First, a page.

SAN JOSE (KPIX 5) – Not everyone's happy with Google moving into downtown San Jose.
Our exclusive KPIX-SurveyU.S.A. Poll shows a majority of voters in the city think it could be a good thing. That number is 56 percent. But 31 percent say it will be bad and 13 percent aren't sure.
Of the folks who think it's bad, 40 percent attribute their worry to dramatic increases in housing costs and 29 percent are concerned about traffic congestion.
Others say the deal is shrouded in secrecy.
The mayor said he had no impact on the public land deal that went before the city this week, the $67 million deal for parcels in San Jose. But there may be a problem with the optics of the deal.
We questioned the Mayor following the launch of a city-wide program to teach teenagers how to write computer code, all in preparation for future jobs at companies like Google.
"It's about our kids not being simply tech-controlled, but tech-enabled," said one resident.
San Jose Mayor Sam Liccardo acknowledged that he and three council members did sign Non-Disclosure Agreements with Google when talks to locate to San Jose began a year and a half ago.
But he said it was a routine step to prevent artificially inflating land prices. He said he has done similar NDA's with other companies.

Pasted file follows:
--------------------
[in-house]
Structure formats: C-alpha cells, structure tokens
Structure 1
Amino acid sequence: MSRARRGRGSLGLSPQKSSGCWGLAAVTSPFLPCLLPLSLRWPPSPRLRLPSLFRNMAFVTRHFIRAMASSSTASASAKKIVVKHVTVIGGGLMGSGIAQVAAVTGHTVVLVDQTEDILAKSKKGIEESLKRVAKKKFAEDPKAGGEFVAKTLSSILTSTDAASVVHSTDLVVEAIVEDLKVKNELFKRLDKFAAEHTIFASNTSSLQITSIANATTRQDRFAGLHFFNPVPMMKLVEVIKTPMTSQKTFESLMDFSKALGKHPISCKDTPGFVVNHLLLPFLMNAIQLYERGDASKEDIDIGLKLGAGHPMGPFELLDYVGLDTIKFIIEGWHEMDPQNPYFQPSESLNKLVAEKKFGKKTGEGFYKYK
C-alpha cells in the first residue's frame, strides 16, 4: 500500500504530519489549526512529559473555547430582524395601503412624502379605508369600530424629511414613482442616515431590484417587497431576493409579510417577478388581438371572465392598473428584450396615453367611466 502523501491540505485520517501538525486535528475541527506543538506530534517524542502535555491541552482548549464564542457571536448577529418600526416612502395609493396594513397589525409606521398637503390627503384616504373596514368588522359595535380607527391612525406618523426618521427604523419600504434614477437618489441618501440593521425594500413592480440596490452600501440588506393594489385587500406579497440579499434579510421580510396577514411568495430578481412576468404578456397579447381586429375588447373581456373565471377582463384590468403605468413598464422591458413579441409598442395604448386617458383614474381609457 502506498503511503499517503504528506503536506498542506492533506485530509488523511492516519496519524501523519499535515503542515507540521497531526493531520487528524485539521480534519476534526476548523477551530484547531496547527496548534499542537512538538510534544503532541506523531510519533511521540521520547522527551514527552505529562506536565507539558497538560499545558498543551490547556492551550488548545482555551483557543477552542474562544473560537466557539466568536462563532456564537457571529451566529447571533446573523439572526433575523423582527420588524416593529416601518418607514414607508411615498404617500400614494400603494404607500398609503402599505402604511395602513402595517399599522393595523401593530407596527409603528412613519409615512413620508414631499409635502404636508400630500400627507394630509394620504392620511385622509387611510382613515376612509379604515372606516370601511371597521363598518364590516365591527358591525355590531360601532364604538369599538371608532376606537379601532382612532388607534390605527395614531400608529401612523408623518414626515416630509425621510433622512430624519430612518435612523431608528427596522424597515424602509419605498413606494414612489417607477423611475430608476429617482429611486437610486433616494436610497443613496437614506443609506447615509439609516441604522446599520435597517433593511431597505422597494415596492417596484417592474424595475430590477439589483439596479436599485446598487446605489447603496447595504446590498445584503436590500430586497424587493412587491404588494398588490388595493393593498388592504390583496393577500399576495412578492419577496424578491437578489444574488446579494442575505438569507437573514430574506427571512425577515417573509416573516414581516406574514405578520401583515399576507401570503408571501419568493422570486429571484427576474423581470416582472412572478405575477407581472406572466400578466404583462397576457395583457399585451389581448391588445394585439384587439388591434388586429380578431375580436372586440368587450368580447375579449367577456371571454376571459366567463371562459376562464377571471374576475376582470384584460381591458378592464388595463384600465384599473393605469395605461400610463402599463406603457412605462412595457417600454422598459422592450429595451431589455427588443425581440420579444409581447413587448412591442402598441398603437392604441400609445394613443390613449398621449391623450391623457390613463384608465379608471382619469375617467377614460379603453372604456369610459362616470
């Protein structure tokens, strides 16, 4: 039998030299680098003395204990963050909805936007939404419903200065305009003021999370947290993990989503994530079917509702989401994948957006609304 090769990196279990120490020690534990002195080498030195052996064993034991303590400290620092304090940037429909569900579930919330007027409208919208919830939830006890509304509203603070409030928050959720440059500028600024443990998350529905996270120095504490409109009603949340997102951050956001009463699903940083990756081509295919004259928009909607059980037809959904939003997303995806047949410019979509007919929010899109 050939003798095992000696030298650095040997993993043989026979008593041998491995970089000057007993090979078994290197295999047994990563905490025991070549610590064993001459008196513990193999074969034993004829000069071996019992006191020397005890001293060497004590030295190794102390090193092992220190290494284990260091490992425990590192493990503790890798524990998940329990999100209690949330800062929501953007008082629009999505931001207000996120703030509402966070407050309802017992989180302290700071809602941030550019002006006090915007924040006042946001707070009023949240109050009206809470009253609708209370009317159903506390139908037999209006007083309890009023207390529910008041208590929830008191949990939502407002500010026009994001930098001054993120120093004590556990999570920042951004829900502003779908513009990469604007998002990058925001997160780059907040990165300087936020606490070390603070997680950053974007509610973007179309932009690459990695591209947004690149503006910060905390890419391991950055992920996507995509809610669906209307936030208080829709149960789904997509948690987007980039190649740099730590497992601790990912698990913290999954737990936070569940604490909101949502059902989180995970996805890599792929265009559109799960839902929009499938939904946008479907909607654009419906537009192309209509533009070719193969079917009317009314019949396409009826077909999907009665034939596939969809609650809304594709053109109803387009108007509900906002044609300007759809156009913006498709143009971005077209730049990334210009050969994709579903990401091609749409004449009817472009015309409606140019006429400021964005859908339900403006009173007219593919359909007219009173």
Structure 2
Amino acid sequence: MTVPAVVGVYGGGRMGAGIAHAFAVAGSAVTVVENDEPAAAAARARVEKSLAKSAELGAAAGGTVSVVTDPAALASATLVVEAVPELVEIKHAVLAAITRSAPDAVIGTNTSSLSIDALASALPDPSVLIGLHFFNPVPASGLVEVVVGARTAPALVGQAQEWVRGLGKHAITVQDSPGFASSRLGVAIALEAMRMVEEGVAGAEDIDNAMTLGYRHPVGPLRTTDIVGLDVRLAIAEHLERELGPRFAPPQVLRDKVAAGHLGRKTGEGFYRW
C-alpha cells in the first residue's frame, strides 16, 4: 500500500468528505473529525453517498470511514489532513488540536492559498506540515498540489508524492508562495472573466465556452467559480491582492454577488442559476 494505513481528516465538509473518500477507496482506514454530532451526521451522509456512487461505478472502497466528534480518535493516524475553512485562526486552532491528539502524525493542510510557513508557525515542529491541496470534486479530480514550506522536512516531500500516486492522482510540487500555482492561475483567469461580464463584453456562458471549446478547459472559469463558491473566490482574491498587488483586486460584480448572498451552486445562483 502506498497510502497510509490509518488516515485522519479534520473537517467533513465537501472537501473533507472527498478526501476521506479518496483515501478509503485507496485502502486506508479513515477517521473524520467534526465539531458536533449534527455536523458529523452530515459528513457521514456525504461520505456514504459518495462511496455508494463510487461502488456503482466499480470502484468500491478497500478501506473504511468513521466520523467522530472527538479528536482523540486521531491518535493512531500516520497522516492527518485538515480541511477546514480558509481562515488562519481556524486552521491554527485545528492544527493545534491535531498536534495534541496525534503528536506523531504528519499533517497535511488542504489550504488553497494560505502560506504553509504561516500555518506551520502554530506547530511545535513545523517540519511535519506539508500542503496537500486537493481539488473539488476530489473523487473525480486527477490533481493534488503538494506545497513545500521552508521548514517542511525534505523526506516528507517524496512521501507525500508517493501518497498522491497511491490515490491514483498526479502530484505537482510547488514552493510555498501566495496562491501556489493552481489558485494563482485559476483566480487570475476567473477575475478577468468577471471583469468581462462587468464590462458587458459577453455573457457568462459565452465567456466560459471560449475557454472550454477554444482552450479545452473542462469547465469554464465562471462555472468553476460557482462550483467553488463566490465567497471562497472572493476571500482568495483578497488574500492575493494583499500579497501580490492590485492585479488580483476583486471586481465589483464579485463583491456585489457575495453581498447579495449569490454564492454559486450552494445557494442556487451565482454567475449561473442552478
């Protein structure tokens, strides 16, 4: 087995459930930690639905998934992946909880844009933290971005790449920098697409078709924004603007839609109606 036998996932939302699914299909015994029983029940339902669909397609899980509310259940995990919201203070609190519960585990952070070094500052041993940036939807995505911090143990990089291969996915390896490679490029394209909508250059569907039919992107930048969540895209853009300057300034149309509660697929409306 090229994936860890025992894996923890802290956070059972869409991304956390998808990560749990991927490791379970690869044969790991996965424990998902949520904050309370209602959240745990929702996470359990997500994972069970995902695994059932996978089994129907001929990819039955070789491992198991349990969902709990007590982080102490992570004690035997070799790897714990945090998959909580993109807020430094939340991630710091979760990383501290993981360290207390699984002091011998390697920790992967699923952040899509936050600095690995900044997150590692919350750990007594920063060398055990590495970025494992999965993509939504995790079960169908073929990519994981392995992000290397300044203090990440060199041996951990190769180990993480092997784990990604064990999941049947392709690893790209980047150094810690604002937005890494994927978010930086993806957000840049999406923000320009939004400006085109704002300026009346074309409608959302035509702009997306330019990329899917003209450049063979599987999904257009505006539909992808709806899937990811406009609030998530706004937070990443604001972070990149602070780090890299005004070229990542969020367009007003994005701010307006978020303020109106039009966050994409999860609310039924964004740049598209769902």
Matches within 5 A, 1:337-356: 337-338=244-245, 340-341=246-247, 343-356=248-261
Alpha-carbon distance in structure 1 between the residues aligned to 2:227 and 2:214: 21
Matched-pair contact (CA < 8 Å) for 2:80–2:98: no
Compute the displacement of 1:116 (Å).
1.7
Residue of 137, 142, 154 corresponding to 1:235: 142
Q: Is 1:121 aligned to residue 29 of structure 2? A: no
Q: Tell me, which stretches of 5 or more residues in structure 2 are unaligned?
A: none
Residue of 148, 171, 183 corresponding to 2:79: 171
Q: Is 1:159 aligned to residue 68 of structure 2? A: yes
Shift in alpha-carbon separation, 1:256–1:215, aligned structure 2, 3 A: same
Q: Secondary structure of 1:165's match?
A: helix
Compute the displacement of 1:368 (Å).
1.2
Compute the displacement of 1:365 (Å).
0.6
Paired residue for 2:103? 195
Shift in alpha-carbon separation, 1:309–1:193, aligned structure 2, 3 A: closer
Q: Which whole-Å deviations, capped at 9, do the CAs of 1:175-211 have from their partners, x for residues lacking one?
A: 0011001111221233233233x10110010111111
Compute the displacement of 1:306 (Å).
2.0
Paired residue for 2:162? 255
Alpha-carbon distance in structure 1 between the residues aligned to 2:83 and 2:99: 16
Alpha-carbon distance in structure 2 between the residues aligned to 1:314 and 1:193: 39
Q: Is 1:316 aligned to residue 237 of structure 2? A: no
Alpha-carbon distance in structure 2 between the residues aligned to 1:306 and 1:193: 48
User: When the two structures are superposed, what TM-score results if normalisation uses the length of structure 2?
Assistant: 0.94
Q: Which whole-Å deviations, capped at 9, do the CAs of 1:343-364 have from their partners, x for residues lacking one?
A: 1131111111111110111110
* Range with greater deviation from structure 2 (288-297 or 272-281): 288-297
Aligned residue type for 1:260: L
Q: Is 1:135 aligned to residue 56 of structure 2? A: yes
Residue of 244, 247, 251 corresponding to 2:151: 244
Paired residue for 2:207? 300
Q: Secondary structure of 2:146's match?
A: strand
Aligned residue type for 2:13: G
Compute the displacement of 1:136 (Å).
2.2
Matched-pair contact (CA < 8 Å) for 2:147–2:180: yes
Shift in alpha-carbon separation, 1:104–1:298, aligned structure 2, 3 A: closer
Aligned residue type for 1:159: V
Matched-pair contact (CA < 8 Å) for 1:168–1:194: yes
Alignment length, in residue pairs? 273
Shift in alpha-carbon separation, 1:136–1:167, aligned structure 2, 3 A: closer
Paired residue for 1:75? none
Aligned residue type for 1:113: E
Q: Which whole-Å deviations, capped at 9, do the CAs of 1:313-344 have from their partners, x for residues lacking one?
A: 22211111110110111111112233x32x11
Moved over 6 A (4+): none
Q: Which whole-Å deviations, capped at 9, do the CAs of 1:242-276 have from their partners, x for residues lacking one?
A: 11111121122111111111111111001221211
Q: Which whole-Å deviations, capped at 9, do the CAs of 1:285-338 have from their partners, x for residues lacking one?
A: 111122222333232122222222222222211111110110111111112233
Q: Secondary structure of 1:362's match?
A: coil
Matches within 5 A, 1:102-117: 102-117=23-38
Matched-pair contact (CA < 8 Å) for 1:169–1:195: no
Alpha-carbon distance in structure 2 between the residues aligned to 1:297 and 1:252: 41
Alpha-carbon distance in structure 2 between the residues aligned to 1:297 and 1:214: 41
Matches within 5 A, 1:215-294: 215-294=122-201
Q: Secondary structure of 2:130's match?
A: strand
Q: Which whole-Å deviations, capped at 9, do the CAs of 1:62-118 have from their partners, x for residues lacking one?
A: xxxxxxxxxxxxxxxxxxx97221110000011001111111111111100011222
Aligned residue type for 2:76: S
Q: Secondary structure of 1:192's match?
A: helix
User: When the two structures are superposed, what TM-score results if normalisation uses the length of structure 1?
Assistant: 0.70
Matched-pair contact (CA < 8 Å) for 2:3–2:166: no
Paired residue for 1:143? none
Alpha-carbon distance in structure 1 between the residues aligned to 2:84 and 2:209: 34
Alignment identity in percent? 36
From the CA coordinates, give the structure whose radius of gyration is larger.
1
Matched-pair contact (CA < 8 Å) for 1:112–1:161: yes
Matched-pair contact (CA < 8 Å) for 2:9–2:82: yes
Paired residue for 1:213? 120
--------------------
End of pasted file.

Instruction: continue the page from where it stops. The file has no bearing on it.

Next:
"It happened at a time when Google was acquiring dozens of privately owned parcels," Liccardo said. "During that time, the question was, is someone going to leak to other speculators or brokers or others who might take advantage of the situation to spike up the prices of those private parcels."
But one community group calling for transperancy in the Google deal is bothered by the secrecy.
Maria Noel Fernandez with Silicon Valley Rising said, "We believe and are very concerned that the NDA's -- that are signed in this instance -- are completely inappropriate and probably unethical."
Mayor Liccardo said the NDA's only covered early "private" land sales and have had no effect since June of 2017, when the Google deal went public.
"As soon as we began negotiations with Google over the public parcels, we became been very public about this, all of this," Liccardo said.
While our exclusive KPIX-SurveyU.S.A. Poll found more than half the people in San Jose think the Google deal will be good for San Jose, a large group, 43 percent, say tech companies have too much influence over local governments.
"These NDA's are a perfect example of Google and tech having a huge influence," said Fernandez. "What is the city of San Jose going to do? Are they going to be completely managed by Google? Or are they going to step up and make sure they are following the rules and that they are really being transparent to their community?"
The City Attorney issued a statement saying that the NDAs did not have any impact on the public deal.
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